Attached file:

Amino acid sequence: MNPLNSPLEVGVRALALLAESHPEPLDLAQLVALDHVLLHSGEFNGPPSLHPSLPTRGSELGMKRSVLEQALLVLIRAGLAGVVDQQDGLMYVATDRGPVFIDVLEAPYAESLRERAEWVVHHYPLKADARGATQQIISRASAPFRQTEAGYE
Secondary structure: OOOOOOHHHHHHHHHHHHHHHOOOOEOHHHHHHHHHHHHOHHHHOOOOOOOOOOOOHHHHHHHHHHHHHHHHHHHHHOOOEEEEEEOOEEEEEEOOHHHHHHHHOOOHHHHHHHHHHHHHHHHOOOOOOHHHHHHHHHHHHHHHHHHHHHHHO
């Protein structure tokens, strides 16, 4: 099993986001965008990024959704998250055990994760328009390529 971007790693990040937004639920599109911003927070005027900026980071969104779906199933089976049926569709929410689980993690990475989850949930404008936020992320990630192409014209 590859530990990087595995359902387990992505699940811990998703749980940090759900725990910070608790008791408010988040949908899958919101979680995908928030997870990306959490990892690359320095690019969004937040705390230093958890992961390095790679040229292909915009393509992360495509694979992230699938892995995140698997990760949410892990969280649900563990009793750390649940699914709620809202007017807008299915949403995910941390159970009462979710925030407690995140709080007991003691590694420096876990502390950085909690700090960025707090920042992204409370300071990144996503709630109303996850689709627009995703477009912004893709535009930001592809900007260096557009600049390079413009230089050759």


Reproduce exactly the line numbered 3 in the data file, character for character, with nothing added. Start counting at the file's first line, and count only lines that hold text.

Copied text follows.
């Protein structure tokens, strides 16, 4: 099993986001965008990024959704998250055990994760328009390529 971007790693990040937004639920599109911003927070005027900026980071969104779906199933089976049926569709929410689980993690990475989850949930404008936020992320990630192409014209 590859530990990087595995359902387990992505699940811990998703749980940090759900725990910070608790008791408010988040949908899958919101979680995908928030997870990306959490990892690359320095690019969004937040705390230093958890992961390095790679040229292909915009393509992360495509694979992230699938892995995140698997990760949410892990969280649900563990009793750390649940699914709620809202007017807008299915949403995910941390159970009462979710925030407690995140709080007991003691590694420096876990502390950085909690700090960025707090920042992204409370300071990144996503709630109303996850689709627009995703477009912004893709535009930001592809900007260096557009600049390079413009230089050759």